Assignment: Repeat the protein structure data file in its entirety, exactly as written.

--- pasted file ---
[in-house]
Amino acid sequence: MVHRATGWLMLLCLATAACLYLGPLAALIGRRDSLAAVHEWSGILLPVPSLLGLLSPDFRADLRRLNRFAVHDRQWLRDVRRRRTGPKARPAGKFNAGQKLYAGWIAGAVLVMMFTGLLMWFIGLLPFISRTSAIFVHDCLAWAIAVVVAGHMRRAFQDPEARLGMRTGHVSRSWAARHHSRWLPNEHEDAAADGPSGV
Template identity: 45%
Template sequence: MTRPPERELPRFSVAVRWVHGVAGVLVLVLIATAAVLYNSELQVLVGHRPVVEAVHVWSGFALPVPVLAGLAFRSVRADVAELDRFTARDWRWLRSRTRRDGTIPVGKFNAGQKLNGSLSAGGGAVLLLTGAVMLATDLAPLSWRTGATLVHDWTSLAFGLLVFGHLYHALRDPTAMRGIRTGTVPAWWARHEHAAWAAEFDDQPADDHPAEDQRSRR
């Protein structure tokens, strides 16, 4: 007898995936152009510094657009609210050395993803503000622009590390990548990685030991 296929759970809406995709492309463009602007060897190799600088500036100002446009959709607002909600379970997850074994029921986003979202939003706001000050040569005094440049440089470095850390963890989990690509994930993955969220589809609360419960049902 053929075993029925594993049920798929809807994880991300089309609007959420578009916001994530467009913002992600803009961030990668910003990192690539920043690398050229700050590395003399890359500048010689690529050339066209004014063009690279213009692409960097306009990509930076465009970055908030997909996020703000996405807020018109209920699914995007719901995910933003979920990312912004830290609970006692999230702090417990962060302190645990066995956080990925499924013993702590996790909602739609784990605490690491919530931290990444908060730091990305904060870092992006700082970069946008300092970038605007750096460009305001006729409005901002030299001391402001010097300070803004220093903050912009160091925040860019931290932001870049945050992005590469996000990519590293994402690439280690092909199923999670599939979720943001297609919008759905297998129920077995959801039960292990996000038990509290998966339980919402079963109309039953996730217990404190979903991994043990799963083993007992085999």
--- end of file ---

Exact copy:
[in-house]
Amino acid sequence: MVHRATGWLMLLCLATAACLYLGPLAALIGRRDSLAAVHEWSGILLPVPSLLGLLSPDFRADLRRLNRFAVHDRQWLRDVRRRRTGPKARPAGKFNAGQKLYAGWIAGAVLVMMFTGLLMWFIGLLPFISRTSAIFVHDCLAWAIAVVVAGHMRRAFQDPEARLGMRTGHVSRSWAARHHSRWLPNEHEDAAADGPSGV
Template identity: 45%
Template sequence: MTRPPERELPRFSVAVRWVHGVAGVLVLVLIATAAVLYNSELQVLVGHRPVVEAVHVWSGFALPVPVLAGLAFRSVRADVAELDRFTARDWRWLRSRTRRDGTIPVGKFNAGQKLNGSLSAGGGAVLLLTGAVMLATDLAPLSWRTGATLVHDWTSLAFGLLVFGHLYHALRDPTAMRGIRTGTVPAWWARHEHAAWAAEFDDQPADDHPAEDQRSRR
């Protein structure tokens, strides 16, 4: 007898995936152009510094657009609210050395993803503000622009590390990548990685030991 296929759970809406995709492309463009602007060897190799600088500036100002446009959709607002909600379970997850074994029921986003979202939003706001000050040569005094440049440089470095850390963890989990690509994930993955969220589809609360419960049902 053929075993029925594993049920798929809807994880991300089309609007959420578009916001994530467009913002992600803009961030990668910003990192690539920043690398050229700050590395003399890359500048010689690529050339066209004014063009690279213009692409960097306009990509930076465009970055908030997909996020703000996405807020018109209920699914995007719901995910933003979920990312912004830290609970006692999230702090417990962060302190645990066995956080990925499924013993702590996790909602739609784990605490690491919530931290990444908060730091990305904060870092992006700082970069946008300092970038605007750096460009305001006729409005901002030299001391402001010097300070803004220093903050912009160091925040860019931290932001870049945050992005590469996000990519590293994402690439280690092909199923999670599939979720943001297609919008759905297998129920077995959801039960292990996000038990509290998966339980919402079963109309039953996730217990404190979903991994043990799963083993007992085999």